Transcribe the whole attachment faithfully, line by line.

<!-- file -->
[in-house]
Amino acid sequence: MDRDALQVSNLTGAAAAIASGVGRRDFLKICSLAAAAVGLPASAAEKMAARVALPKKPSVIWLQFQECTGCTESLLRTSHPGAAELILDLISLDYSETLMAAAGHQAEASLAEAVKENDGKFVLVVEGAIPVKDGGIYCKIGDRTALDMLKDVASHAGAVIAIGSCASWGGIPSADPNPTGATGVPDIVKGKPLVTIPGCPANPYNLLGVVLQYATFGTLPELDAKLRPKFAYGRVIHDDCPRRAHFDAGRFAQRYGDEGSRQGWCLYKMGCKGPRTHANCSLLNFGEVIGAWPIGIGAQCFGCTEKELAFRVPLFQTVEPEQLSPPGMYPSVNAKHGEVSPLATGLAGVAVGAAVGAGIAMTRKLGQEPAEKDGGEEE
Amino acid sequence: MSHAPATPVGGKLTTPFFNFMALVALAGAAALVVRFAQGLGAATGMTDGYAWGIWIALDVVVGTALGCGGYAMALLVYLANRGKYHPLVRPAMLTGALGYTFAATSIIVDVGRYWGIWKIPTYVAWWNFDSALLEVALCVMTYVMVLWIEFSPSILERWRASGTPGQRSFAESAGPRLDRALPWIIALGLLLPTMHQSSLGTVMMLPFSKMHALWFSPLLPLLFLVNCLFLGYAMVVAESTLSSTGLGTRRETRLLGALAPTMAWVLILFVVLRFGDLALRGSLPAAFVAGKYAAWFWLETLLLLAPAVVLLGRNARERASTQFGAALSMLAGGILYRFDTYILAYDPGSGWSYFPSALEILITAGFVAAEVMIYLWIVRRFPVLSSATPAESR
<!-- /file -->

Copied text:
[in-house]
Amino acid sequence: MDRDALQVSNLTGAAAAIASGVGRRDFLKICSLAAAAVGLPASAAEKMAARVALPKKPSVIWLQFQECTGCTESLLRTSHPGAAELILDLISLDYSETLMAAAGHQAEASLAEAVKENDGKFVLVVEGAIPVKDGGIYCKIGDRTALDMLKDVASHAGAVIAIGSCASWGGIPSADPNPTGATGVPDIVKGKPLVTIPGCPANPYNLLGVVLQYATFGTLPELDAKLRPKFAYGRVIHDDCPRRAHFDAGRFAQRYGDEGSRQGWCLYKMGCKGPRTHANCSLLNFGEVIGAWPIGIGAQCFGCTEKELAFRVPLFQTVEPEQLSPPGMYPSVNAKHGEVSPLATGLAGVAVGAAVGAGIAMTRKLGQEPAEKDGGEEE
Amino acid sequence: MSHAPATPVGGKLTTPFFNFMALVALAGAAALVVRFAQGLGAATGMTDGYAWGIWIALDVVVGTALGCGGYAMALLVYLANRGKYHPLVRPAMLTGALGYTFAATSIIVDVGRYWGIWKIPTYVAWWNFDSALLEVALCVMTYVMVLWIEFSPSILERWRASGTPGQRSFAESAGPRLDRALPWIIALGLLLPTMHQSSLGTVMMLPFSKMHALWFSPLLPLLFLVNCLFLGYAMVVAESTLSSTGLGTRRETRLLGALAPTMAWVLILFVVLRFGDLALRGSLPAAFVAGKYAAWFWLETLLLLAPAVVLLGRNARERASTQFGAALSMLAGGILYRFDTYILAYDPGSGWSYFPSALEILITAGFVAAEVMIYLWIVRRFPVLSSATPAESR